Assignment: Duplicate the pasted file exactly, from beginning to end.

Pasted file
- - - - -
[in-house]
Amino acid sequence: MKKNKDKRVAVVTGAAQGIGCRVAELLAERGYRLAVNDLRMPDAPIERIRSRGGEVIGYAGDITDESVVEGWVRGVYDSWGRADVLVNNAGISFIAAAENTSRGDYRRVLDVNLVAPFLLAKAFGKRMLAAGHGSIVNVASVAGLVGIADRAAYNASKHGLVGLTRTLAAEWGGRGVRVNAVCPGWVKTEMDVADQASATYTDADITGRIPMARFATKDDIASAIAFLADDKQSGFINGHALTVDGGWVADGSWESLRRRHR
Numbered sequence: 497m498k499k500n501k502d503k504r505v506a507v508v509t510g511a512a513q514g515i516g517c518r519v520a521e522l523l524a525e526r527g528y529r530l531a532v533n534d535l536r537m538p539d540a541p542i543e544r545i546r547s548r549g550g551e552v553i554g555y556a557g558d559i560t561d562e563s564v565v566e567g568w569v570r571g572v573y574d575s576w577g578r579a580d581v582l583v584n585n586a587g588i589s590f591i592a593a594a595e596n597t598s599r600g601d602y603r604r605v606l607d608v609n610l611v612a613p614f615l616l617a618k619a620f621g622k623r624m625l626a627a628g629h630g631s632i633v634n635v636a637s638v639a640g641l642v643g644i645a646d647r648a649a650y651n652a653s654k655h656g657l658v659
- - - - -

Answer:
[in-house]
Amino acid sequence: MKKNKDKRVAVVTGAAQGIGCRVAELLAERGYRLAVNDLRMPDAPIERIRSRGGEVIGYAGDITDESVVEGWVRGVYDSWGRADVLVNNAGISFIAAAENTSRGDYRRVLDVNLVAPFLLAKAFGKRMLAAGHGSIVNVASVAGLVGIADRAAYNASKHGLVGLTRTLAAEWGGRGVRVNAVCPGWVKTEMDVADQASATYTDADITGRIPMARFATKDDIASAIAFLADDKQSGFINGHALTVDGGWVADGSWESLRRRHR
Numbered sequence: 497m498k499k500n501k502d503k504r505v506a507v508v509t510g511a512a513q514g515i516g517c518r519v520a521e522l523l524a525e526r527g528y529r530l531a532v533n534d535l536r537m538p539d540a541p542i543e544r545i546r547s548r549g550g551e552v553i554g555y556a557g558d559i560t561d562e563s564v565v566e567g568w569v570r571g572v573y574d575s576w577g578r579a580d581v582l583v584n585n586a587g588i589s590f591i592a593a594a595e596n597t598s599r600g601d602y603r604r605v606l607d608v609n610l611v612a613p614f615l616l617a618k619a620f621g622k623r624m625l626a627a628g629h630g631s632i633v634n635v636a637s638v639a640g641l642v643g644i645a646d647r648a649a650y651n652a653s654k655h656g657l658v659